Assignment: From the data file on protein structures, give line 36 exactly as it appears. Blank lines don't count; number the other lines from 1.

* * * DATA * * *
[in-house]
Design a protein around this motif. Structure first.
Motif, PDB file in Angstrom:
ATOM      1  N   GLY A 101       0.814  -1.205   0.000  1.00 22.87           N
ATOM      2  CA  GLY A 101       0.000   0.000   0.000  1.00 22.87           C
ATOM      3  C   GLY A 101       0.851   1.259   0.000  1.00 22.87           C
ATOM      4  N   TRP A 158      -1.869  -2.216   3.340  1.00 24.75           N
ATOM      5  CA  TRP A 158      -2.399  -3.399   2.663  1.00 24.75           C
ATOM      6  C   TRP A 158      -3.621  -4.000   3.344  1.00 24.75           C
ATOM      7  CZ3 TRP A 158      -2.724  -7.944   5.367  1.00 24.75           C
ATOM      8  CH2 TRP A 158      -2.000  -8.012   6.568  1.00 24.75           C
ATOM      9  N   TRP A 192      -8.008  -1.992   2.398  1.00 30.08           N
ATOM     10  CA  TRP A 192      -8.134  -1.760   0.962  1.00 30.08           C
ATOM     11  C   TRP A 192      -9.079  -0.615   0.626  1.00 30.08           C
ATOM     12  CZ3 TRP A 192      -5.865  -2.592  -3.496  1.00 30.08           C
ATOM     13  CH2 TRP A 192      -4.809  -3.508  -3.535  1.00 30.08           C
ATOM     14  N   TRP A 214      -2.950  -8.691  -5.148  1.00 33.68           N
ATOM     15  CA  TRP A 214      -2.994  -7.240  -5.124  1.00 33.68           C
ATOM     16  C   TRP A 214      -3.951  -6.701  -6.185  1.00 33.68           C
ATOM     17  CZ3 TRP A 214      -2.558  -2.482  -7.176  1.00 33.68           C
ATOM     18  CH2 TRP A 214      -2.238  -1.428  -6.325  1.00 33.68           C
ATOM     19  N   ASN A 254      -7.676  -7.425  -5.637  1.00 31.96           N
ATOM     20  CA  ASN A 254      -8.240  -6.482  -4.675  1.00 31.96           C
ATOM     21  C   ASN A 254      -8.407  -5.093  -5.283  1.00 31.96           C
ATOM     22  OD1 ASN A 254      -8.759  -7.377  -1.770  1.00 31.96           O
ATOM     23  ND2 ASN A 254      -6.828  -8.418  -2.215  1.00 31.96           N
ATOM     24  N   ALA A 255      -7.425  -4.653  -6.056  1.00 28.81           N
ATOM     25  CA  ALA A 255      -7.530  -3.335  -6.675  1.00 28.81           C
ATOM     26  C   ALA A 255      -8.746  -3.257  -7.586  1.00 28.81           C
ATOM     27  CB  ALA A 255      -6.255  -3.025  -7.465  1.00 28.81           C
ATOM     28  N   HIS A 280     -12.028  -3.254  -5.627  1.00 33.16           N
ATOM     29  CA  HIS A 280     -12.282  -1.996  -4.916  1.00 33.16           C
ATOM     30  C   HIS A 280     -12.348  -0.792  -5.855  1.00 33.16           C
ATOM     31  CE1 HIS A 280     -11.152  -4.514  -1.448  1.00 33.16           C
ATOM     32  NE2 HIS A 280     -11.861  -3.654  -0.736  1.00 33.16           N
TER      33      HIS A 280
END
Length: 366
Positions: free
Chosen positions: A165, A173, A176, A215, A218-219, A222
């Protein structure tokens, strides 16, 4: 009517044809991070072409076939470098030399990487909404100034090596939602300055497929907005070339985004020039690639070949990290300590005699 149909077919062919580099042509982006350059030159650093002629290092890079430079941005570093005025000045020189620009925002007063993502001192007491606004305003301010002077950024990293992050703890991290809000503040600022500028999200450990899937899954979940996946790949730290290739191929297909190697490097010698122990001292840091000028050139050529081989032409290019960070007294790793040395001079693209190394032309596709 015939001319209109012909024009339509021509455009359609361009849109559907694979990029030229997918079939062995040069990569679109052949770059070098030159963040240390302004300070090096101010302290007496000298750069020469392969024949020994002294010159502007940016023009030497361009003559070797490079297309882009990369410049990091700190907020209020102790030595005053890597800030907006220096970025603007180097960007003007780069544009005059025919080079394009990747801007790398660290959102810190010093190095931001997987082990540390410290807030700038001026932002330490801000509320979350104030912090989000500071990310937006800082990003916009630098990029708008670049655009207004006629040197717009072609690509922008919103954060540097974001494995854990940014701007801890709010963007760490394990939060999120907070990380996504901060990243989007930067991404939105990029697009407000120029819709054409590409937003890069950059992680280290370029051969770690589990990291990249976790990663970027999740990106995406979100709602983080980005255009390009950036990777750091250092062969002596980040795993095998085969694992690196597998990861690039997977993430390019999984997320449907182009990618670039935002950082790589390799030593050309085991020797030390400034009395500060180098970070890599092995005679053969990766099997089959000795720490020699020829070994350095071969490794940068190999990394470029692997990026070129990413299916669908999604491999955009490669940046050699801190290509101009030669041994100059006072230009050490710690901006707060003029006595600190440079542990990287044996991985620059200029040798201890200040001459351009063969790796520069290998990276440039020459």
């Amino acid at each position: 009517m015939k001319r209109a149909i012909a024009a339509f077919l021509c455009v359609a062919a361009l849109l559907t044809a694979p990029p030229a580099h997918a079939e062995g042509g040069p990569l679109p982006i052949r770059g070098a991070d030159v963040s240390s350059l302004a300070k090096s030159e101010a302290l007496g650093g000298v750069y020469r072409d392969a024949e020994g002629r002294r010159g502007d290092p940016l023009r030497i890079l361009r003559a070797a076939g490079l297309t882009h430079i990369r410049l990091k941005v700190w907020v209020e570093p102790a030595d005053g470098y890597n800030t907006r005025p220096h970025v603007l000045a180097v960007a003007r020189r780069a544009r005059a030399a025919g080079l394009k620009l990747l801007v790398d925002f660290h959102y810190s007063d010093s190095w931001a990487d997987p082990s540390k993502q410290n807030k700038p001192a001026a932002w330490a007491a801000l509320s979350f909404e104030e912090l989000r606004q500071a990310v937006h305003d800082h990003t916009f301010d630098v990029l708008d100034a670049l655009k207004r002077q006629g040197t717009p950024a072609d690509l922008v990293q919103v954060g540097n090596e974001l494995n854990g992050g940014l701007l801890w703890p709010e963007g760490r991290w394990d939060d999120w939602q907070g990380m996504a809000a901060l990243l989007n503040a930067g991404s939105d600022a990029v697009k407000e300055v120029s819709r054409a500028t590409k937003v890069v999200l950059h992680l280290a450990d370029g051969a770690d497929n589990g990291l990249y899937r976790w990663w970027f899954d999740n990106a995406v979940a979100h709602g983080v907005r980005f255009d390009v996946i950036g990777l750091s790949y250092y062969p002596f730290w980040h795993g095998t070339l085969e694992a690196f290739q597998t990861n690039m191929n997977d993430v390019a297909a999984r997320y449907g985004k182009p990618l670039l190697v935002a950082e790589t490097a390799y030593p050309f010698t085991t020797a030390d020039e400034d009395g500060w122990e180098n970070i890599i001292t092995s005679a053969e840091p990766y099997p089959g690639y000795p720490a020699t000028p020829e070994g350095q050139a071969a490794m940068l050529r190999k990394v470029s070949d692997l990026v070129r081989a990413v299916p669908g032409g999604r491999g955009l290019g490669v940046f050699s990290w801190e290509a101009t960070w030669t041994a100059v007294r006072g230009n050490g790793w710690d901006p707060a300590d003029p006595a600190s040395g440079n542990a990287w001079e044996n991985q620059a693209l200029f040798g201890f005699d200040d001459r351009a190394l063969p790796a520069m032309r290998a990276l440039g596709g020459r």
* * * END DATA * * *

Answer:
TER      33      HIS A 280